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Presentation: How (7 years of) Eclipse Changed my Views on Software Development

by Abel Avram on Feb 08, 2009 | NOTICE: The next QCon is in New York Jun 9-13, Join us!

In this presentation filmed during QCon London 2008, Erich Gamma shared the lessons learnt being deeply involved in the development of the Eclipse platform over the years. From being a platform in closed development, Eclipse turned into an open source one supported by a large and growing community. Erich also talked about Jazz, IBM’s software development platform which incorporates the lessons learnt from Eclipse.

Watch: How (7 years of) Eclipse Changed my Views on Software Development (1h)

Erich started his presentation with a short introduction to Eclipse’s history. The project started during the fall of 2000 in a closed development environment. Eclipse 1.0 was open sourced in November 2001 after the platform’s foundation was laid. The following major releases all took place in June with one exception - 2.1, which was released in March 2003.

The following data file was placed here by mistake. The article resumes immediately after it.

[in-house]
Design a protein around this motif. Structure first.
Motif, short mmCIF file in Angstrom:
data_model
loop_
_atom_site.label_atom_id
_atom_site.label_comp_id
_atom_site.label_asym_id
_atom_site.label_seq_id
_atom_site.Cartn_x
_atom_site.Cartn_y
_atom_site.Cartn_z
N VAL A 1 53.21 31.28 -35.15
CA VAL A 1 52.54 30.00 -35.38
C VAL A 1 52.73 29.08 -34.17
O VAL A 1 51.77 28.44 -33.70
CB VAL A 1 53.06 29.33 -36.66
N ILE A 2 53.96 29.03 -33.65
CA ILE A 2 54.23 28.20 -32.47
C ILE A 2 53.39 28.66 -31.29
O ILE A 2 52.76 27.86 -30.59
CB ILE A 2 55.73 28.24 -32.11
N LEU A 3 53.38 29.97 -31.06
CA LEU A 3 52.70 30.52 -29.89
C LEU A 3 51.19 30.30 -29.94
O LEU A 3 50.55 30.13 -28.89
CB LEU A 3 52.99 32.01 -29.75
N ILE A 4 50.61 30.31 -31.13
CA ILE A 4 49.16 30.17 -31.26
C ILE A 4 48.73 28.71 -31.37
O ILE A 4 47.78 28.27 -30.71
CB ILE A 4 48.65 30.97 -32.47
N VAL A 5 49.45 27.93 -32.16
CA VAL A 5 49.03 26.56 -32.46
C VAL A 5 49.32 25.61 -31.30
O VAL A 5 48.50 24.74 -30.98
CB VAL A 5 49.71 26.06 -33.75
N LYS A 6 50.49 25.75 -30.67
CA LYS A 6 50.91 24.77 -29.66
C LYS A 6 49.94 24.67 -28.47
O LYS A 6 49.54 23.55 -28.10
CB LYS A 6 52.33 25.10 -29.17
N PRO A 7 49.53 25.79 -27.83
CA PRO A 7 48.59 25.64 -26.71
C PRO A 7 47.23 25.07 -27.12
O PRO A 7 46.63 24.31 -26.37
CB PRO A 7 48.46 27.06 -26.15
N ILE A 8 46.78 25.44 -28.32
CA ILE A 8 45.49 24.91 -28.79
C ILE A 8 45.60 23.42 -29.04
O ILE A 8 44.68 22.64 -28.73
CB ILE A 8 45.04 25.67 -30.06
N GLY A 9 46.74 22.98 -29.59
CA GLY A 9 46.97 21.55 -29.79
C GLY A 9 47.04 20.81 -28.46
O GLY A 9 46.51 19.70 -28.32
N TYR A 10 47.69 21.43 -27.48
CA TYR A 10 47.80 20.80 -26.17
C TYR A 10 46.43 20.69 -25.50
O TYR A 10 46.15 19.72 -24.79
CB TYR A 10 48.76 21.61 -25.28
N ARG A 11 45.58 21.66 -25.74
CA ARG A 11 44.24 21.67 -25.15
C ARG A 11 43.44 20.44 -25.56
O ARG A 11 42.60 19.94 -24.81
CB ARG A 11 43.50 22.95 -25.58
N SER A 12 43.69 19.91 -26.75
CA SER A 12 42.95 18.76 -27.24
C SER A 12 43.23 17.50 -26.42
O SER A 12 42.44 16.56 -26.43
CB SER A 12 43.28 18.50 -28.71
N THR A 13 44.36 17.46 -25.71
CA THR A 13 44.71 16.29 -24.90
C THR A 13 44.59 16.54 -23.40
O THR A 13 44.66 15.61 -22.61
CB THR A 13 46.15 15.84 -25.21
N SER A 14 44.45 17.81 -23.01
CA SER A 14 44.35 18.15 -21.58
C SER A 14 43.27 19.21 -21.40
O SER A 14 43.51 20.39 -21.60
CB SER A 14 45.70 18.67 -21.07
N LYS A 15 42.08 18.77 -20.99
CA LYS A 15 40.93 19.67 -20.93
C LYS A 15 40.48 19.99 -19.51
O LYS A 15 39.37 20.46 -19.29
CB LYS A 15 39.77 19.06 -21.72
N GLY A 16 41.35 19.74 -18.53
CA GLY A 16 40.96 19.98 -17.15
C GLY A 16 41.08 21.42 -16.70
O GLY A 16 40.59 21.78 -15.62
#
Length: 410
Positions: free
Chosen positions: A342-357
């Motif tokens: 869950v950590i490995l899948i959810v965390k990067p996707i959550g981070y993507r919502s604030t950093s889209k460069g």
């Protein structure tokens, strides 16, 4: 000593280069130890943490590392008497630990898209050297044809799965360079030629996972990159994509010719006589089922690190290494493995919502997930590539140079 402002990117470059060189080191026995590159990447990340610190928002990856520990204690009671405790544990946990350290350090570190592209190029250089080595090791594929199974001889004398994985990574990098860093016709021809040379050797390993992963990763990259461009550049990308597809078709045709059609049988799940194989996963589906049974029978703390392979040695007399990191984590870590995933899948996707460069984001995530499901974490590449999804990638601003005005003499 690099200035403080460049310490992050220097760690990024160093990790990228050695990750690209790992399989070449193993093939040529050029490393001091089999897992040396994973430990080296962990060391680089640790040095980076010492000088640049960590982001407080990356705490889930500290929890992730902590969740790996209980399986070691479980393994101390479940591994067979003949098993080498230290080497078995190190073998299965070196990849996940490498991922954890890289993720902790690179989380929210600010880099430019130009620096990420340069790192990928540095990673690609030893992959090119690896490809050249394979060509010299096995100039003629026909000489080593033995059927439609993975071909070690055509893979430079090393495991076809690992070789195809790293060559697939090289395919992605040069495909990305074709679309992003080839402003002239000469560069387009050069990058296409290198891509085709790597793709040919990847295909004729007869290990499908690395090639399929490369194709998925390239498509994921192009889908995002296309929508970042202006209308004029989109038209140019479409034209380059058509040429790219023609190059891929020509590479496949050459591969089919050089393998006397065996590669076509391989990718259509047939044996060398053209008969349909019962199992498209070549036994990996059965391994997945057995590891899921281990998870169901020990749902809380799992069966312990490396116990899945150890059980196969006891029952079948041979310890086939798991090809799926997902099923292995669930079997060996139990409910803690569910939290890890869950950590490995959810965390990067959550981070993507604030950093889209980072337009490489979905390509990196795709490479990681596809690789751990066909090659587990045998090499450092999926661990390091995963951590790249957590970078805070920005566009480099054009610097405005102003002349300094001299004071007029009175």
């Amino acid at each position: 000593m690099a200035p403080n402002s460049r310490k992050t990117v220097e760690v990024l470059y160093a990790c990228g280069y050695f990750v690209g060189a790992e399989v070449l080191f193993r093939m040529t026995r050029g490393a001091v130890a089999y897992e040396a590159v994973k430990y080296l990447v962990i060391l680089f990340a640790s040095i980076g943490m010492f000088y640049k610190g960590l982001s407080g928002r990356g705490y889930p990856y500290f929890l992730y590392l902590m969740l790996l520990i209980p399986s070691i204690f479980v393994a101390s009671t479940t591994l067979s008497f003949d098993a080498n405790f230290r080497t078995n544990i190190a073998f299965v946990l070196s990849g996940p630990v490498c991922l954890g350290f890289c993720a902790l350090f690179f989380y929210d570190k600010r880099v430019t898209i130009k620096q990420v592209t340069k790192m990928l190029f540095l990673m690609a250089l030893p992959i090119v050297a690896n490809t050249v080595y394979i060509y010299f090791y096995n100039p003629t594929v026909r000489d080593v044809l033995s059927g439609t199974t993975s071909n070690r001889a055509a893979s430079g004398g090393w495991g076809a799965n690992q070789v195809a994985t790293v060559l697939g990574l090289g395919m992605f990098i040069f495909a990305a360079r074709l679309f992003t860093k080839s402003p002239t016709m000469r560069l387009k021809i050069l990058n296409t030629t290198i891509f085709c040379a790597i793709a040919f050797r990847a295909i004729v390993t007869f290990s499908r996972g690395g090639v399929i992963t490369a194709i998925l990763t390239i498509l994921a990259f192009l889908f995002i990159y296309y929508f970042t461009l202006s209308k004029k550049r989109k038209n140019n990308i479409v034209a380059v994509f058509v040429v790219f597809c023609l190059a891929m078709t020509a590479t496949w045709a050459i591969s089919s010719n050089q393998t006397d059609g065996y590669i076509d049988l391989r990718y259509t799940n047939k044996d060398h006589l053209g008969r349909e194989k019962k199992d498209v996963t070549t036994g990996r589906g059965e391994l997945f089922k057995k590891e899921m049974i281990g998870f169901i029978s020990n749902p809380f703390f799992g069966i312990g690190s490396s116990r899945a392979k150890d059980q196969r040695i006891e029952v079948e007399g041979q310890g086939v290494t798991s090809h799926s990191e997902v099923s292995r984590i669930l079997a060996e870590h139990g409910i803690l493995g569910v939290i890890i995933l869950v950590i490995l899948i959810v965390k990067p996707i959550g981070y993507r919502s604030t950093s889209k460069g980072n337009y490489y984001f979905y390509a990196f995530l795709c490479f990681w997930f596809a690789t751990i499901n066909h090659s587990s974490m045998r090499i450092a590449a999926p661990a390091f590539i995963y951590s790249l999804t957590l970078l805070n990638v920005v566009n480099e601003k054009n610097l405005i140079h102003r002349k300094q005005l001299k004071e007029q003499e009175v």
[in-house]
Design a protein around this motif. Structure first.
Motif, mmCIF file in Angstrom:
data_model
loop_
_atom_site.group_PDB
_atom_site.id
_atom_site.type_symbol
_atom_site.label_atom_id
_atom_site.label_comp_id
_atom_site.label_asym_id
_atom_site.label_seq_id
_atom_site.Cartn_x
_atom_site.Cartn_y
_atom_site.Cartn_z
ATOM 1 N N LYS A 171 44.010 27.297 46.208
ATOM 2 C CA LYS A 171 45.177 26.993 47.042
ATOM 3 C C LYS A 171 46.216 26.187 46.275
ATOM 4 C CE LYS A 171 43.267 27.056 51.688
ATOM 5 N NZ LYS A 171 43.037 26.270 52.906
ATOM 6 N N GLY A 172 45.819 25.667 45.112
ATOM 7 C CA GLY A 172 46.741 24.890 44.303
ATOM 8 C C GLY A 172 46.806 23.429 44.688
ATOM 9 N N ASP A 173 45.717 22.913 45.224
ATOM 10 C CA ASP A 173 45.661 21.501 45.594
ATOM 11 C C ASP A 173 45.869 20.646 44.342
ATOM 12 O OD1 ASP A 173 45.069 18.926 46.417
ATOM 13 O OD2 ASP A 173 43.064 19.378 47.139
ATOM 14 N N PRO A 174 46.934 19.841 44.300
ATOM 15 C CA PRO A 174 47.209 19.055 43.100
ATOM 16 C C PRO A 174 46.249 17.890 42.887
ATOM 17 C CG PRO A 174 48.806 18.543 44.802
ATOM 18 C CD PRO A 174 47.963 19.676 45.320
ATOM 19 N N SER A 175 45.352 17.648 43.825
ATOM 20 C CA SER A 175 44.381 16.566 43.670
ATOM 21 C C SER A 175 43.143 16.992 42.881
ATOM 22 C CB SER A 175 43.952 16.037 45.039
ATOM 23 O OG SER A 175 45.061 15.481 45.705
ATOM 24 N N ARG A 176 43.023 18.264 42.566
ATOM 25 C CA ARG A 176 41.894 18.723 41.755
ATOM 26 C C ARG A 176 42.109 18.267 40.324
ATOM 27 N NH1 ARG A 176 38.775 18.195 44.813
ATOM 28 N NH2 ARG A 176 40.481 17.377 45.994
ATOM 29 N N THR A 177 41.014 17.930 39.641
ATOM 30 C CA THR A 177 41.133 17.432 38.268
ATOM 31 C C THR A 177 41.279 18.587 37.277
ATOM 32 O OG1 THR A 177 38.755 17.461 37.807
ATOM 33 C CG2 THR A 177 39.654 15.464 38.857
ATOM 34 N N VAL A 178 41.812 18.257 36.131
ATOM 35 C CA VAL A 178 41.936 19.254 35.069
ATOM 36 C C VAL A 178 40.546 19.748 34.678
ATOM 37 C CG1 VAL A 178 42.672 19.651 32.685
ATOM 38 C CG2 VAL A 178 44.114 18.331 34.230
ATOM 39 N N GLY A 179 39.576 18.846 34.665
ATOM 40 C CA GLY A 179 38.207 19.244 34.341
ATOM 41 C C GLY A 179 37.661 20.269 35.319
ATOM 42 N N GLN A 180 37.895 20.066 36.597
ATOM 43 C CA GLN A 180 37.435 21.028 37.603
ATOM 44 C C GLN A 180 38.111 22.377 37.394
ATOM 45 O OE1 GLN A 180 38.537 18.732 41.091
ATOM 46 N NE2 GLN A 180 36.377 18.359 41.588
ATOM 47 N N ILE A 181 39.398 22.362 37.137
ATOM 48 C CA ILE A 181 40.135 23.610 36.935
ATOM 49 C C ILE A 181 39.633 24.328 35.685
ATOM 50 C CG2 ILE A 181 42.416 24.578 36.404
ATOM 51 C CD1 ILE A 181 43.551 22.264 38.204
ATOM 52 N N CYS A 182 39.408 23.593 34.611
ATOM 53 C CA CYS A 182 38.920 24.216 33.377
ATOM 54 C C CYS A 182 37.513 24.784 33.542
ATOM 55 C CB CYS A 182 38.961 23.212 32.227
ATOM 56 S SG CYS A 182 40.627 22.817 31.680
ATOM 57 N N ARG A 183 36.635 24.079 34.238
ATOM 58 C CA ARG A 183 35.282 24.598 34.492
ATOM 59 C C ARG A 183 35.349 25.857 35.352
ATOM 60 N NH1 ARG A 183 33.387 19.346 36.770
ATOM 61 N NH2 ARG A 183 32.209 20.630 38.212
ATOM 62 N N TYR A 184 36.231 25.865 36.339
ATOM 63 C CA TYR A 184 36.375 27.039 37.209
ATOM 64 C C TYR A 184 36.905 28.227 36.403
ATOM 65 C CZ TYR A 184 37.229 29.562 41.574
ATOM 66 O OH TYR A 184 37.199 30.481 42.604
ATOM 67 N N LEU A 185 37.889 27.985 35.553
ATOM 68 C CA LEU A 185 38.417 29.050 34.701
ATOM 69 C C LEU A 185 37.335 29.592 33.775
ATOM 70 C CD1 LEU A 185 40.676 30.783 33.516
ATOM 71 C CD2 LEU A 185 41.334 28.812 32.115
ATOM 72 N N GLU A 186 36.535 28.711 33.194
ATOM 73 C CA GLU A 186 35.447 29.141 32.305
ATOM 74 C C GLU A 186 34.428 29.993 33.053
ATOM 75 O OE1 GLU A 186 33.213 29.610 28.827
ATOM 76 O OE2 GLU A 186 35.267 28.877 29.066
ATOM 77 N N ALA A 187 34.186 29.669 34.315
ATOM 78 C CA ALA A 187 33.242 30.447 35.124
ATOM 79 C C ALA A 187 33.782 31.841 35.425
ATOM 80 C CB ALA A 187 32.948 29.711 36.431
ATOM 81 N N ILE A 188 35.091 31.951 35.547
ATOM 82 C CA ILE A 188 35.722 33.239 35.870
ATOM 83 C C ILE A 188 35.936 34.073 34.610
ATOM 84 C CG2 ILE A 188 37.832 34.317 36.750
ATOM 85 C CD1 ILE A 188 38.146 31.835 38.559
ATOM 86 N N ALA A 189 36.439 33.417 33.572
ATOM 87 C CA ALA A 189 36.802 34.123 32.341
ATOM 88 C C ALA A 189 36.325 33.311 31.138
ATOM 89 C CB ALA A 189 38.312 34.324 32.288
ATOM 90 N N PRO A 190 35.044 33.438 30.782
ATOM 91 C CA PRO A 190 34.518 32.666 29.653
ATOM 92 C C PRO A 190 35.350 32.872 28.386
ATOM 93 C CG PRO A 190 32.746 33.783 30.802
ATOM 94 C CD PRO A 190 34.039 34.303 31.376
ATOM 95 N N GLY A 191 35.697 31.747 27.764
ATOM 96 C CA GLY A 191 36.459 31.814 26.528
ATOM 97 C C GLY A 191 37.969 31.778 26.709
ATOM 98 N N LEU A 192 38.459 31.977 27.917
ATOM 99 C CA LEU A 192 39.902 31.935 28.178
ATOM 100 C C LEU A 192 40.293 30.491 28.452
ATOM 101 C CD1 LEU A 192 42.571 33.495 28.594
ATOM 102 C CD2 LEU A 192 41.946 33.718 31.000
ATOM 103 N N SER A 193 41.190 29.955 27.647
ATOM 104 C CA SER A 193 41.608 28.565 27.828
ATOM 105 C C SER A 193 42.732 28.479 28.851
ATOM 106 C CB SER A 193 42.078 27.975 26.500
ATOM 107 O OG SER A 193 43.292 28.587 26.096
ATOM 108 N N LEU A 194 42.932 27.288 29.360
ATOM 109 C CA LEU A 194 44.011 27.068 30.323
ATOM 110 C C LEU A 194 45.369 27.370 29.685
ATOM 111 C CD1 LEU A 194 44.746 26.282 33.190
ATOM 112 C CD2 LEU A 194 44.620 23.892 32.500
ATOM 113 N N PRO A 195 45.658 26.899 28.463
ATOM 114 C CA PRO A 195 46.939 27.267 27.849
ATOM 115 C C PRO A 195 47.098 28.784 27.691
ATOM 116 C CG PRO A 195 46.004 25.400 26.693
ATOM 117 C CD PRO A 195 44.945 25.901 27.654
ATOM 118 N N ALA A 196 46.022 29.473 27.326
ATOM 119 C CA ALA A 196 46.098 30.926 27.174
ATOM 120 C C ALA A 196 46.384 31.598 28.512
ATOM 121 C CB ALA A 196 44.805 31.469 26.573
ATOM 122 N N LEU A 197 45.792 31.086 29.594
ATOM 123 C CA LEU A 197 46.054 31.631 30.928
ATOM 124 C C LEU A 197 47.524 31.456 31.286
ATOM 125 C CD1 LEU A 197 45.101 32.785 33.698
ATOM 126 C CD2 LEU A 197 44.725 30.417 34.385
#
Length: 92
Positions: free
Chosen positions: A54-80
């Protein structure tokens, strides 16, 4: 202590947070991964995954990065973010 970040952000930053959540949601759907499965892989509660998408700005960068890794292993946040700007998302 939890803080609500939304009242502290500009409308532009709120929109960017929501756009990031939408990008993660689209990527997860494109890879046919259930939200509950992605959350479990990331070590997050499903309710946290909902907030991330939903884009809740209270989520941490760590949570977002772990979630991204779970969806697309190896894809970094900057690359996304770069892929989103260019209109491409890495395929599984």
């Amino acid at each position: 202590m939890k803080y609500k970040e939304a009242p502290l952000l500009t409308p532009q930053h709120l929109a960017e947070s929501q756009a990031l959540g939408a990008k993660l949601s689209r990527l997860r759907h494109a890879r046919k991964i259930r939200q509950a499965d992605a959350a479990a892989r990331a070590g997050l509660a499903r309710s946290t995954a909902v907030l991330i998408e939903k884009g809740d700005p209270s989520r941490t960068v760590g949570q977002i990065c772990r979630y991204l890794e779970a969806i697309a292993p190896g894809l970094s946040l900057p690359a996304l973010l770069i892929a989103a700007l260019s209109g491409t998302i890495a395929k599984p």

The first lessons learnt during closed development were:

  • Modularity matters - everything is a plug-in
  • Make it easy to write extensions – the plug-in environment
  • Extensibility through extension points
  • Scalability concerns built in from the beginning – provides a growing path

The first lessons learnt after Eclipse was open sourced were:

  • Transparency helps existing development
  • Use same communication channels inside as outside

More lessons were learnt later as the Eclipse community grew:

  • Large organizations can behave like smaller ones
  • Communication is open to all
  • Everyone is accountable

Later on, agility started to be introduced to Eclipse: iterations marked by milestone releases (M1, M2, …) taking place at 6 weeks. The lessons learnt and presented by Erich were numerous, too many for this introduction. Erich’s session ends up with a presentation of Jazz, IBM’s software development platform, which incorporates all the lessons learnt while building Eclipse and expressed through experience accumulated, tools, communities, agile.

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